The pioneers currently staking their claims in the marketplace will determine the future of the composting industry. A partnership that commands attention is that between EcoAg Initiatives Inc. and Agricore Cooperatives Inc., two Alberta-based companies that link the environmental needs of the cattle feedlot industry with the sale of compost as a value-added agricultural commodity. The cattle feedlot industry is primarily located in southern Alberta. About 50 large feedlots (15,000 plus head per lot) produce about 80 per cent of the cattle.
“Target markets include agriculture, horticulture, soil remediation and reclamation, organic growers and retail.”
Cattle produce a lot of manure — a valuable resource that can become too much of a good thing if not handled properly. Land application is a long-standing method of manure management and contributes valuable nutrients, such as: nitrogen, phosphorous, potassium, sulfur and a large range of micronutrients. The potential problem, though, is that the manure can be over-applied and cause both soil and pollution problems. It’s costly to haul manure long distances, so there is large potential for over-application and for leaching onto adjacent properties. So, EcoAg provides onsite compost operations.
“We’ve entered into several formal contracts with various Alberta cattle feedlots,” says General Manager Jim Shaner. “The savings realized by the feedlot through the elimination of spreading costs and the reduction of hauling distances can be substantial.”
The feedlot is responsible for the construction of an engineered windrow compost site while EcoAg is responsible for compost management, costs and removal. The company generates its only revenue stream from the sale of the compost to its distributor, Agricore.
“The composting process begins with assisting our feedlot operator in the supervision of pen cleaning,” says Shaner. “This ensures that the manure delivered to the composting pad is free of large stone, that the manure is not contaminated with clay from the pens and that it is mixed at the pens with enough bedding material to supply an acceptable carbon to nitrogen ratio for the composting process.”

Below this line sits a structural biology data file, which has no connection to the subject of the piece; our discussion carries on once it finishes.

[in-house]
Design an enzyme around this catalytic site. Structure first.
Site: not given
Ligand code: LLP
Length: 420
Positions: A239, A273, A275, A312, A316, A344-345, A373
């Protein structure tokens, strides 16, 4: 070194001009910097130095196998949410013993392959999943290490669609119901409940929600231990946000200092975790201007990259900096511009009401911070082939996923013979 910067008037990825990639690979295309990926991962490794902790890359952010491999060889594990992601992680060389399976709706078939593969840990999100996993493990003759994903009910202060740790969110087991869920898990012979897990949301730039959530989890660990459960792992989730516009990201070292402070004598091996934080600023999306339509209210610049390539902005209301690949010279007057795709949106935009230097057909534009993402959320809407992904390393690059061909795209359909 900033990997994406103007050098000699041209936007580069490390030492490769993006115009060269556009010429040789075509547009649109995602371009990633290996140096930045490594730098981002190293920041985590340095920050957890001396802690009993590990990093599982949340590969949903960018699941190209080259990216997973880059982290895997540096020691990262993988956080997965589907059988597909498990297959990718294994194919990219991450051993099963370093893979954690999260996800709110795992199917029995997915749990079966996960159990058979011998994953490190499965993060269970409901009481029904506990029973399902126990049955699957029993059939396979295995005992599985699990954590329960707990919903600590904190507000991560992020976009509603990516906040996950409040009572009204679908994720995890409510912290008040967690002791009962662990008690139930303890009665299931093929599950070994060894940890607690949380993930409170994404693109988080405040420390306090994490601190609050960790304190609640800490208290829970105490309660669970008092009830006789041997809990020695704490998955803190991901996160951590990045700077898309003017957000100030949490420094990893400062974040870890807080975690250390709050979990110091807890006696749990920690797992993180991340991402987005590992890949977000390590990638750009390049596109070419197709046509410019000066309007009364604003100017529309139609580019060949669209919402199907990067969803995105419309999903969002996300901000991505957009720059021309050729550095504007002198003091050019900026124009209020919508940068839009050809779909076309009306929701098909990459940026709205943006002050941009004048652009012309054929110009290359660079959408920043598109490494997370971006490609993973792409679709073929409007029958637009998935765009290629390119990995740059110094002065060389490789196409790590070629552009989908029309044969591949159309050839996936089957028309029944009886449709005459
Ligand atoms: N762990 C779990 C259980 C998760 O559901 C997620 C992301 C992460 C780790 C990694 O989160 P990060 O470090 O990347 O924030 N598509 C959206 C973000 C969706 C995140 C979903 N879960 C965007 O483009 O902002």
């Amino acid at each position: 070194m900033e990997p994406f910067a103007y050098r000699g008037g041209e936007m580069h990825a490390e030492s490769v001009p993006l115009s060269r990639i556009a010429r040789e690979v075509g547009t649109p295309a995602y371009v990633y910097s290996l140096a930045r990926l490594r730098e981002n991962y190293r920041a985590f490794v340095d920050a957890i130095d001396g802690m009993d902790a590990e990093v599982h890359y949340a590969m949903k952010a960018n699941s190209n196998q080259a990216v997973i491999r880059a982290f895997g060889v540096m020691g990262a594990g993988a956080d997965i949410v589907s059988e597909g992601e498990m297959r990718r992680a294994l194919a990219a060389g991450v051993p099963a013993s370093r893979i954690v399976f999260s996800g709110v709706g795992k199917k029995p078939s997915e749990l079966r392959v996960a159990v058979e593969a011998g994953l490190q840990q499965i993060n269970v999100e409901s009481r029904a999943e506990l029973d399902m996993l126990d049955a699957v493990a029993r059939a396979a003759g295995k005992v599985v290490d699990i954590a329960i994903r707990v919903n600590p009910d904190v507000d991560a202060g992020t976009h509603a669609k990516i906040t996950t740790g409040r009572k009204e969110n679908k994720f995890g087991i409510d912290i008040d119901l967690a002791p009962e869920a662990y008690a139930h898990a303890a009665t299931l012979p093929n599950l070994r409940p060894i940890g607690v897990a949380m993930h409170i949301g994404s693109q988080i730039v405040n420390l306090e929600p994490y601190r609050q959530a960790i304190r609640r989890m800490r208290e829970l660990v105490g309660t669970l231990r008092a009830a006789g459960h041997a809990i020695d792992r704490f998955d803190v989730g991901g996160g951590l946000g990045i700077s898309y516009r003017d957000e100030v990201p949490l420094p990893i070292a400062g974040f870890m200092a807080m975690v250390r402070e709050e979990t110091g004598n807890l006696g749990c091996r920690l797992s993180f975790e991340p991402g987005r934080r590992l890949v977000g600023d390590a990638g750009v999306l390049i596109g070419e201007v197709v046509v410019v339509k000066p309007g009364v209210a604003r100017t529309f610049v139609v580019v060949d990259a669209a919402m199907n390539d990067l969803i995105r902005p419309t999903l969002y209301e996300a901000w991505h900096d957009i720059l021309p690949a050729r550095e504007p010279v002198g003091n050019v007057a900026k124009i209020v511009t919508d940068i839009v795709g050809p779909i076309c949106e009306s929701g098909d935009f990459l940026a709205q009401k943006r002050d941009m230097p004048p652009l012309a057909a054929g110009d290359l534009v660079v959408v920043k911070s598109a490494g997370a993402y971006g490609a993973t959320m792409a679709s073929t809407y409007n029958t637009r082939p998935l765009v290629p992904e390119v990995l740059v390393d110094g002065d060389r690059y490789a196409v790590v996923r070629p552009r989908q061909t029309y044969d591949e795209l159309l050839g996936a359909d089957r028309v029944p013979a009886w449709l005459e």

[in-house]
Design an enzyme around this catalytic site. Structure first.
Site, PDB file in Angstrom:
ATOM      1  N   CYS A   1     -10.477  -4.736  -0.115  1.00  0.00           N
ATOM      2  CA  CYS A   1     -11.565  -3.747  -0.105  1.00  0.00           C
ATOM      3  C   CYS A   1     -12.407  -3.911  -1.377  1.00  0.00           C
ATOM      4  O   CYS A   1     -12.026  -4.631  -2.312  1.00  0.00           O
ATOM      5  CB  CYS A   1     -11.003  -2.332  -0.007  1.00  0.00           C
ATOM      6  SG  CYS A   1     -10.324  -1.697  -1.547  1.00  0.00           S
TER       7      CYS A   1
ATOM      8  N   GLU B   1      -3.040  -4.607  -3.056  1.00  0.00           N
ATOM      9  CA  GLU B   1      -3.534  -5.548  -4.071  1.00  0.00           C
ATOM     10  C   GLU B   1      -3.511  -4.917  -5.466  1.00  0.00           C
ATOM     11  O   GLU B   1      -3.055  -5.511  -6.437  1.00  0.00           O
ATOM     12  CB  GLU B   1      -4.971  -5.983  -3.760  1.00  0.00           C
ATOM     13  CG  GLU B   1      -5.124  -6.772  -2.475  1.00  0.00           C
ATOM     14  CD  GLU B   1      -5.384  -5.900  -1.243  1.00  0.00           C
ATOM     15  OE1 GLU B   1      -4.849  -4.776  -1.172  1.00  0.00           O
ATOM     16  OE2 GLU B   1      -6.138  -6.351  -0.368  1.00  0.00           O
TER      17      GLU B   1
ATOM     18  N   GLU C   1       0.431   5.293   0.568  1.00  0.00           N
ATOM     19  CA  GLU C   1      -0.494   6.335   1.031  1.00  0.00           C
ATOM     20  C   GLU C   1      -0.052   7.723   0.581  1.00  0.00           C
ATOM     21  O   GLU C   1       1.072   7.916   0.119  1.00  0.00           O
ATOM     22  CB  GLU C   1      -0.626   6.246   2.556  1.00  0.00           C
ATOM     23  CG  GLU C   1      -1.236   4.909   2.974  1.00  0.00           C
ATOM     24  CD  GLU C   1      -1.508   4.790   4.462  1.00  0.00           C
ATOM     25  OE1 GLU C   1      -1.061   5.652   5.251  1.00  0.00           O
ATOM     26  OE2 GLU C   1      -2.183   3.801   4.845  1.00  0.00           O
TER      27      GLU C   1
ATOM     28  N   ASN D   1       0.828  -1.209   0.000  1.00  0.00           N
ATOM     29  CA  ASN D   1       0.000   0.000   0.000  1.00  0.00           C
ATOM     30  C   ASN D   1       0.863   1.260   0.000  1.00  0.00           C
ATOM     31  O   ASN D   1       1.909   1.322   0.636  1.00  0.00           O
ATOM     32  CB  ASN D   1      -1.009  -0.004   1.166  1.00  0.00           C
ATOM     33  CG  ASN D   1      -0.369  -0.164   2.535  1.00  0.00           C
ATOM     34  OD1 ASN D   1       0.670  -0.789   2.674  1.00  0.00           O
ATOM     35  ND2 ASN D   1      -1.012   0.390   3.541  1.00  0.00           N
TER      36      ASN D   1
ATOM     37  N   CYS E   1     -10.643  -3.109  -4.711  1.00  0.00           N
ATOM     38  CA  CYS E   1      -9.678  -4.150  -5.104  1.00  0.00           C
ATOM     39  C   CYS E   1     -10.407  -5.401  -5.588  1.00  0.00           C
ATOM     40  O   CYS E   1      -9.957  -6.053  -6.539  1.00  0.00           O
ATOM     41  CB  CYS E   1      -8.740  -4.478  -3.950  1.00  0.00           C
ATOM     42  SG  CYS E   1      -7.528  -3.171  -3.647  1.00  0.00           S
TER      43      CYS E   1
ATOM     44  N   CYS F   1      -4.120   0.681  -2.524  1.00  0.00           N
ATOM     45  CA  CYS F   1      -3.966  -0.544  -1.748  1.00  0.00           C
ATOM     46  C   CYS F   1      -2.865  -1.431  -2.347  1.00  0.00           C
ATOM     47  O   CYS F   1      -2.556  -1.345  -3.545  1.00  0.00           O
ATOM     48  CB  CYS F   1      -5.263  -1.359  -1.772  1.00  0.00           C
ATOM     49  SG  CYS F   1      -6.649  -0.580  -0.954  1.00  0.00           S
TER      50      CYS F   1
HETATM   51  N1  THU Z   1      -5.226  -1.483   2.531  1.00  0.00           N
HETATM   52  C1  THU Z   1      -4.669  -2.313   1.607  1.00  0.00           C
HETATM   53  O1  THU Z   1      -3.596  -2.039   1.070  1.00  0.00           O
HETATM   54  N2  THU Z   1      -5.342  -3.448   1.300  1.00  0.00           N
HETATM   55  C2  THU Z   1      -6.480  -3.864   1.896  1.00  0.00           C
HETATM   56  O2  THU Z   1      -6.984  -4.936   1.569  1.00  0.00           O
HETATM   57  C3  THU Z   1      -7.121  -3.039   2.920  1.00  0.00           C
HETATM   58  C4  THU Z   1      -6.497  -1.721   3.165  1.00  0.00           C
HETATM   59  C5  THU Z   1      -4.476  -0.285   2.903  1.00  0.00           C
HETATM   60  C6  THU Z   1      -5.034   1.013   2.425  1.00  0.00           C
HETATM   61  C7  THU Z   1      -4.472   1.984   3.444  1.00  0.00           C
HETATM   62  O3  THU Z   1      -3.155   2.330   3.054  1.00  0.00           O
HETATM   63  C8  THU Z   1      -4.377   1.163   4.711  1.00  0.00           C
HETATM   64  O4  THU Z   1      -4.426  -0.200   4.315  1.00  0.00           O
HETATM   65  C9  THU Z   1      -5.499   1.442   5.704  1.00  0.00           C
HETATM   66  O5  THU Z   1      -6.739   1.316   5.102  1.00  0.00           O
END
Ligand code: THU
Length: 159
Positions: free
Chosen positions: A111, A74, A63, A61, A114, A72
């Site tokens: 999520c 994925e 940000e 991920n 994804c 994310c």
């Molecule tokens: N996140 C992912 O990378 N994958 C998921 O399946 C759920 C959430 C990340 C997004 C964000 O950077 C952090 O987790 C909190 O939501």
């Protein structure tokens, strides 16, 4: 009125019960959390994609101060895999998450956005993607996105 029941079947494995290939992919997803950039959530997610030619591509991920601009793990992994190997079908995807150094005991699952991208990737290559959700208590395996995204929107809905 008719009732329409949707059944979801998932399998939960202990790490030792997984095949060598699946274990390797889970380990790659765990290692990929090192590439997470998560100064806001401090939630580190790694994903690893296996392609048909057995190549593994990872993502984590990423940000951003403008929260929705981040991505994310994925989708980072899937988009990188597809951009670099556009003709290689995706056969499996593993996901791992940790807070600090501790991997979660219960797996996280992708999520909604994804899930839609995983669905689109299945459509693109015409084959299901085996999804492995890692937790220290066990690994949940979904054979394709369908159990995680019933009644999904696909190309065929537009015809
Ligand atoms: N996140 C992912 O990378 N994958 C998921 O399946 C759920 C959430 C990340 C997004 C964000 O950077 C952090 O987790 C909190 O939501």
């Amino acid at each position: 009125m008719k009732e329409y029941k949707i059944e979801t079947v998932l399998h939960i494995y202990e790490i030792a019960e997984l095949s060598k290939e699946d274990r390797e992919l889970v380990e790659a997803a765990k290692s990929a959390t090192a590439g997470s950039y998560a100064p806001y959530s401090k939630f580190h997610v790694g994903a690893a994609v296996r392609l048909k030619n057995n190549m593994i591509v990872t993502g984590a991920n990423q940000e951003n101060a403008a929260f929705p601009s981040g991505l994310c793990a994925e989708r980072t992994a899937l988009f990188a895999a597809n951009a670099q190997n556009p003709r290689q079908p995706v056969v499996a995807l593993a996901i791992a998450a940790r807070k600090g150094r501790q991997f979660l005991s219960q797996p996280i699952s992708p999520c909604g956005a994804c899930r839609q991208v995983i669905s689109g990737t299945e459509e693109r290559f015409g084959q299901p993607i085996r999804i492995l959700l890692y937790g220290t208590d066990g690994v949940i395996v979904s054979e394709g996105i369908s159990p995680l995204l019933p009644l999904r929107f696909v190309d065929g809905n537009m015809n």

“It’s costly to haul manure long distances … EcoAg provides onsite compost operations.”
Operation records are kept for internal review and for an annual report to Alberta’s environment ministry. In addition to the heavy metal and pathogen testing requirements of the Canadian Council of Ministers of the Environment (CCME), tests are also performed for other nutrients, electrical conductivity, sodium absorption ratios and content, and organic matter.
Target markets for the compost include agriculture, horticulture, soil remediation and reclamation, organic growers and retail. The product is marketed under the brand name The Real Thing Farm Compost and is sold at the 15 Agricore centres, located in British Columbia, Alberta, Saskatchewan and Manitoba. The centres offer a full range of agronomic services, including fertility recommendations for specific crops.